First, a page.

Gothic painting later followed the same stylistic development as did sculpture, from rigid, uncomplicated, hieratic forms to more hassle-free and natural ones. Its level grew big only in the 14th century, when it started to be used in beautifying the retable. These paintings show an importance on smooth, curving lines, small detail, and advanced beautification, and gold was often used to the section as background color (Quema, 90). Work became more complicated as time proceeded, and painters started to look for means of representing spatial intensity in their pictures, a search that finally fronted to the mastery of perception in the early ages of the Italian Renaissance.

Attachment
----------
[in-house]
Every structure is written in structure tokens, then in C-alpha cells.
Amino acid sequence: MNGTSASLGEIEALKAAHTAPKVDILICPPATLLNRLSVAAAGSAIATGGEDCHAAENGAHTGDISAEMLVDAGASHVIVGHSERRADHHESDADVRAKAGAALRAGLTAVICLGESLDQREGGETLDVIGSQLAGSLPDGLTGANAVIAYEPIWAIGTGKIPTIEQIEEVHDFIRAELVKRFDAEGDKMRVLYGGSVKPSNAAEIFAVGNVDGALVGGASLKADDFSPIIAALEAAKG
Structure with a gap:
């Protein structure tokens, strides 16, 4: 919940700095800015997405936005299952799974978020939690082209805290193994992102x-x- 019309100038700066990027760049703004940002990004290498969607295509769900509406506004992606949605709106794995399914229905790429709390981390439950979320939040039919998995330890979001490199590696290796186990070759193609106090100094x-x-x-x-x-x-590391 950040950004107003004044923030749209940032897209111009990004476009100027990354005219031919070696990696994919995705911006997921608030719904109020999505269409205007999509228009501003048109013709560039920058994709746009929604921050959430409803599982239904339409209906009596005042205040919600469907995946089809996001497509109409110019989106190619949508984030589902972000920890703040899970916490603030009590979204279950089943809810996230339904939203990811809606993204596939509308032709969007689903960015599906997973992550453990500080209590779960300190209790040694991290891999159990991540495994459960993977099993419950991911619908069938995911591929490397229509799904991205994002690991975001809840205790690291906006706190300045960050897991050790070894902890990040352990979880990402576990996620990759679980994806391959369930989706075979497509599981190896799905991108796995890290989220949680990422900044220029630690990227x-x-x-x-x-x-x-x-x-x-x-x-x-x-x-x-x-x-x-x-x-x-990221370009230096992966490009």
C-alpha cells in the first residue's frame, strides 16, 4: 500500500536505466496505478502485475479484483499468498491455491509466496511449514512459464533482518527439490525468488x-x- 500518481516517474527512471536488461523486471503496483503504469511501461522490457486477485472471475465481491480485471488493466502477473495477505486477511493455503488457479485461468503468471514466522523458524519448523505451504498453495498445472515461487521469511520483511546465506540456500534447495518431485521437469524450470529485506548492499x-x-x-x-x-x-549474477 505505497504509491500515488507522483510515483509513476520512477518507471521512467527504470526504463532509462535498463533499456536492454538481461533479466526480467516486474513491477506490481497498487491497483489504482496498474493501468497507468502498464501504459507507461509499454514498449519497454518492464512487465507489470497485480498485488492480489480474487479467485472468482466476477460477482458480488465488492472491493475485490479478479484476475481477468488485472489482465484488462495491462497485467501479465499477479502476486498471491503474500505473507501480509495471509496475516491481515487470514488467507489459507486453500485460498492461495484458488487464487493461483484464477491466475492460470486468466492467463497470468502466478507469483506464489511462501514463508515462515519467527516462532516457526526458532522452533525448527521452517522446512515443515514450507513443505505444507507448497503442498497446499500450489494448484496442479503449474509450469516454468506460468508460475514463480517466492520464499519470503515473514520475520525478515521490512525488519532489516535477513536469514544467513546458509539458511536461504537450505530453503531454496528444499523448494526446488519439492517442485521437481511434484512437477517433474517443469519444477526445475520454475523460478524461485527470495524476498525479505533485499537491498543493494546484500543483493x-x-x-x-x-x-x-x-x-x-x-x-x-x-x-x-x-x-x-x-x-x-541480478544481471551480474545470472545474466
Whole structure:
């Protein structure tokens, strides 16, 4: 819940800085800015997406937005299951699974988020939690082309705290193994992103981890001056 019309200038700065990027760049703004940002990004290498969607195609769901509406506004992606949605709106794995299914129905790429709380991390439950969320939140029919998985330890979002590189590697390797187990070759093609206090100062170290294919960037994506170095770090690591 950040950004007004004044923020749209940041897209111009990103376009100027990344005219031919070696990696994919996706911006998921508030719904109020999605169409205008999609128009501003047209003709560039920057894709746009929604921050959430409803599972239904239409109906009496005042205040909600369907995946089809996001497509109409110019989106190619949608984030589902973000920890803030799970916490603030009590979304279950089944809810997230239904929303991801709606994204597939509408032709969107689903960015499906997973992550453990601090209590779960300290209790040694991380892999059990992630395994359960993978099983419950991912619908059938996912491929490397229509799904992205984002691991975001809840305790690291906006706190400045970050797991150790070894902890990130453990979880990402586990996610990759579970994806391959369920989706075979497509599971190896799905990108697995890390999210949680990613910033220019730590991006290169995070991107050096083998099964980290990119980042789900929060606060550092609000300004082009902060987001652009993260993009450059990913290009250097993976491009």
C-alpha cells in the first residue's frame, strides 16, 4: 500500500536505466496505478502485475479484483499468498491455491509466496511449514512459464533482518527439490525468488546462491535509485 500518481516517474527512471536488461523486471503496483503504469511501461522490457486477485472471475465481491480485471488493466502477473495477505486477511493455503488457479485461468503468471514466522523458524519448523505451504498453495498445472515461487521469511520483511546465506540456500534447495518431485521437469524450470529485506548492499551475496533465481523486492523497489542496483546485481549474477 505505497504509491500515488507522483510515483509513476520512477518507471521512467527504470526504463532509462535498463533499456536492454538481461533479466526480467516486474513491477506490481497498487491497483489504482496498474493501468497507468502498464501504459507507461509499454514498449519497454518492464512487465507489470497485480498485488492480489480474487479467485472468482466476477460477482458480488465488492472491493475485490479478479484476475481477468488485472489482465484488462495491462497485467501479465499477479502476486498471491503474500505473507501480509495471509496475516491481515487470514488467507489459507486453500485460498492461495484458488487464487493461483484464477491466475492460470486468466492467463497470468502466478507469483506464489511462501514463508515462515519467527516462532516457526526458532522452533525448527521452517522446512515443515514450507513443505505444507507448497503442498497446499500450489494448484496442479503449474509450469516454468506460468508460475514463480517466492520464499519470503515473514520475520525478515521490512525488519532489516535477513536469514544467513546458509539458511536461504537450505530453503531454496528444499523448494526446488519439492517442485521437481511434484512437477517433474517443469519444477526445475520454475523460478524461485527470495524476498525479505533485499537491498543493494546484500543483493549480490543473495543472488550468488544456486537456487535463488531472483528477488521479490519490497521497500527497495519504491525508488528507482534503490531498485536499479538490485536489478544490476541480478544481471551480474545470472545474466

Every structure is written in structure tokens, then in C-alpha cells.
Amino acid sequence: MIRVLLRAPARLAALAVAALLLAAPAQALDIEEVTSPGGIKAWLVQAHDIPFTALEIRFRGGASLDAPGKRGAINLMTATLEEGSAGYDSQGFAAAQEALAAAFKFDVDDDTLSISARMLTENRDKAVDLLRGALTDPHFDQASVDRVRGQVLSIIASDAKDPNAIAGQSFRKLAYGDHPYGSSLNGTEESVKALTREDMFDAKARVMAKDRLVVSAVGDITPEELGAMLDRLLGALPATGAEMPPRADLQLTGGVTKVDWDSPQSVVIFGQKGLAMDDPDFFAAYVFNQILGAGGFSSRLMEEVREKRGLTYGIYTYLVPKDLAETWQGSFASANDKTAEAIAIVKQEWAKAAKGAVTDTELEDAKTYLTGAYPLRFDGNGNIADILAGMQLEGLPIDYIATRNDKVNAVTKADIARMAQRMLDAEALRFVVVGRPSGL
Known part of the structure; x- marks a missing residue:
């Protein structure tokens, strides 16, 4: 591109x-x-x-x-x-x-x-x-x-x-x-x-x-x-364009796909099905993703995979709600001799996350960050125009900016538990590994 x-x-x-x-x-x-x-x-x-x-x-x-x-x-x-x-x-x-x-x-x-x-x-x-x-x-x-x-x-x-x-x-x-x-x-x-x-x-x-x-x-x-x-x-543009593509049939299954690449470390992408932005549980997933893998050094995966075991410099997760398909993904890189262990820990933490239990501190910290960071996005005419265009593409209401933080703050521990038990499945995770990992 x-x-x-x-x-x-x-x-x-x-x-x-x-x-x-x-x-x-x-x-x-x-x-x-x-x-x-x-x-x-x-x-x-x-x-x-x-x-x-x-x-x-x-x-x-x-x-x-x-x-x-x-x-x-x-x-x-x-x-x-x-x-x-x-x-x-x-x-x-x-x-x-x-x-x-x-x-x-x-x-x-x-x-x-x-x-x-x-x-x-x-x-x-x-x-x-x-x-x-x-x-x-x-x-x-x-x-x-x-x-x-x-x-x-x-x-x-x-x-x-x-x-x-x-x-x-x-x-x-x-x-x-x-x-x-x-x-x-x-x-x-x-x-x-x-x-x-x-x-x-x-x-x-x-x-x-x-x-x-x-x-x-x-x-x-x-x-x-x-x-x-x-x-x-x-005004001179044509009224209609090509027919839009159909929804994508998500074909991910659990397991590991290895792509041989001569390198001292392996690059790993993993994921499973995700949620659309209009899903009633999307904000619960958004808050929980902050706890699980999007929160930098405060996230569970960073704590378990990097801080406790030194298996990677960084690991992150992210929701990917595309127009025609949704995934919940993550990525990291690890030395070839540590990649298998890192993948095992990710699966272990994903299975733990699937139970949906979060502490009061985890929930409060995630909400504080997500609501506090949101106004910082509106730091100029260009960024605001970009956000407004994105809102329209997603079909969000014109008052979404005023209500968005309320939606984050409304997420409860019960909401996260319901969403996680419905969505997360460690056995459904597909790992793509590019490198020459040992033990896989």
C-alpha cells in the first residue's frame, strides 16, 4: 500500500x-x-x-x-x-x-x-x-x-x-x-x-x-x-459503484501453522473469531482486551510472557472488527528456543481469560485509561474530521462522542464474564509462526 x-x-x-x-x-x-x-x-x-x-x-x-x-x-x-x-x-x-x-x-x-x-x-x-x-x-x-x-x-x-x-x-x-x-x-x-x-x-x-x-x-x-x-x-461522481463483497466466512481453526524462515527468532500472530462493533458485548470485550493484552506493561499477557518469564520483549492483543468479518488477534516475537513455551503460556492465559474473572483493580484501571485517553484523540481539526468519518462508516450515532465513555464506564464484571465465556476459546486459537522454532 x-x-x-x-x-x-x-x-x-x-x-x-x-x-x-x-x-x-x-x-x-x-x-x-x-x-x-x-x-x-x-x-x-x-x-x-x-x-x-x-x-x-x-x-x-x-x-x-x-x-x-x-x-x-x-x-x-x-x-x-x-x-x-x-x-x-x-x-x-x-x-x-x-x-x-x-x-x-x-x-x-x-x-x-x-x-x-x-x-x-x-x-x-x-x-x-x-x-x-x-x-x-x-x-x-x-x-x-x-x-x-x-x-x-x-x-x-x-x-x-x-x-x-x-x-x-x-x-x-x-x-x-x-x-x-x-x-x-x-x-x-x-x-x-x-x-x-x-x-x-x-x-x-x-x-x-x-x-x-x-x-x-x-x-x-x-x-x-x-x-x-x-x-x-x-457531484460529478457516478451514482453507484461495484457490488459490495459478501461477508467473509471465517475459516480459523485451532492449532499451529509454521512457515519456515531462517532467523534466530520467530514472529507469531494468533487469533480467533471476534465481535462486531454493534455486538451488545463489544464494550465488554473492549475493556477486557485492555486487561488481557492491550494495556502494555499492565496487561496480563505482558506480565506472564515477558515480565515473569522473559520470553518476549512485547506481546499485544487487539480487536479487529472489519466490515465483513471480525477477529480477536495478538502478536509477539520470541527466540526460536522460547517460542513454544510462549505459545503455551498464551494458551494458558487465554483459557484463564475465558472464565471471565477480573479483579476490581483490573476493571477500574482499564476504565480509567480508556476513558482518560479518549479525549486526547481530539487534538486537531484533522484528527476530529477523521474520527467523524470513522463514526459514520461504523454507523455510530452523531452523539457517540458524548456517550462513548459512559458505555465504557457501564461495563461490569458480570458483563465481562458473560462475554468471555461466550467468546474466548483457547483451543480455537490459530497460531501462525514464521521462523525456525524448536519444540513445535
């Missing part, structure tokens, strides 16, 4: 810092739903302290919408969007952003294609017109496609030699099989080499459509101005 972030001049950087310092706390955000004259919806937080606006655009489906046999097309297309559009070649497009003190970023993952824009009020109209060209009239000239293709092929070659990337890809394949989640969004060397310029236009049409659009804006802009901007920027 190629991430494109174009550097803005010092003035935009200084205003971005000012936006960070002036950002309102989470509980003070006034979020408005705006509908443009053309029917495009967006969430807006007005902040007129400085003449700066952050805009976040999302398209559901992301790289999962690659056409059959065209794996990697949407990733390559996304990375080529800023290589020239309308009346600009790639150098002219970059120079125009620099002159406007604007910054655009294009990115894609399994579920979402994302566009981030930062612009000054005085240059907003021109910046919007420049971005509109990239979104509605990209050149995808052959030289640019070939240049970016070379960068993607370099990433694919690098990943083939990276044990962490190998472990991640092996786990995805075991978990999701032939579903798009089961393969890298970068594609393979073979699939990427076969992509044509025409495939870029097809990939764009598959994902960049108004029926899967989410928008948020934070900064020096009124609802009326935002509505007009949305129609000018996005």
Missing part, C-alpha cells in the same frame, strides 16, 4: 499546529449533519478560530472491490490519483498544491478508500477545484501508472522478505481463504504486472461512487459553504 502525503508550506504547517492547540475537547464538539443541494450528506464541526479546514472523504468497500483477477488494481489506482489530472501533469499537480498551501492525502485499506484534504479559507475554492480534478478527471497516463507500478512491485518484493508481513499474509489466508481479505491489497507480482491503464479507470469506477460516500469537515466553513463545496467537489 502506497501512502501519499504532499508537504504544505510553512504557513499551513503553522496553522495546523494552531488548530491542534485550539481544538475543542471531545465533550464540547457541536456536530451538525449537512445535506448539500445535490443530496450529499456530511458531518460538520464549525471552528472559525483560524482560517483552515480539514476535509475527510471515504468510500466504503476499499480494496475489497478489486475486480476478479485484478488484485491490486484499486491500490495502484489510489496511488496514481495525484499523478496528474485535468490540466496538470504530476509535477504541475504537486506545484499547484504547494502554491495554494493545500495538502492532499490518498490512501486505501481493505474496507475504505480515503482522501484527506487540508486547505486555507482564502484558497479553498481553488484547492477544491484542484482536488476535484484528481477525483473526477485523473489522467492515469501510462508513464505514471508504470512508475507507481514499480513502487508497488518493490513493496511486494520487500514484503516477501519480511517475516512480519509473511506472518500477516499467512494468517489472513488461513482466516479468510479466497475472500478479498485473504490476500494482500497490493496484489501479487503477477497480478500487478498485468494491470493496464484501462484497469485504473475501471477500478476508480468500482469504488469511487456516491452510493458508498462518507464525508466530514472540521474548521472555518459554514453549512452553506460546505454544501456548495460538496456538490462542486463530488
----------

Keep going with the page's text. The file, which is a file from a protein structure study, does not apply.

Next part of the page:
Gothic structural design and Scholasticism presents a convincing link between the architectural approaches of Cathedrals and the category form of the academic school of thought. Focusing on the area around Paris throughout the years amid 1130 and 1270 where and at what time Scholasticism was the dominating presumption of learning and Gothic architecture started to take a monopoly over the aged Romanesque style. Later at the end of Gothic churches, building semicircular cathedrals was a more effective vaulting method with the use of a chief stone per cathedral. Panofsky argues that gothic architecture reached a point where it stopped to be architectural. Gothic architecture greatly influenced the way structures are built even to this date in most parts of the world. It can also be hailed greatly for its contribution to art.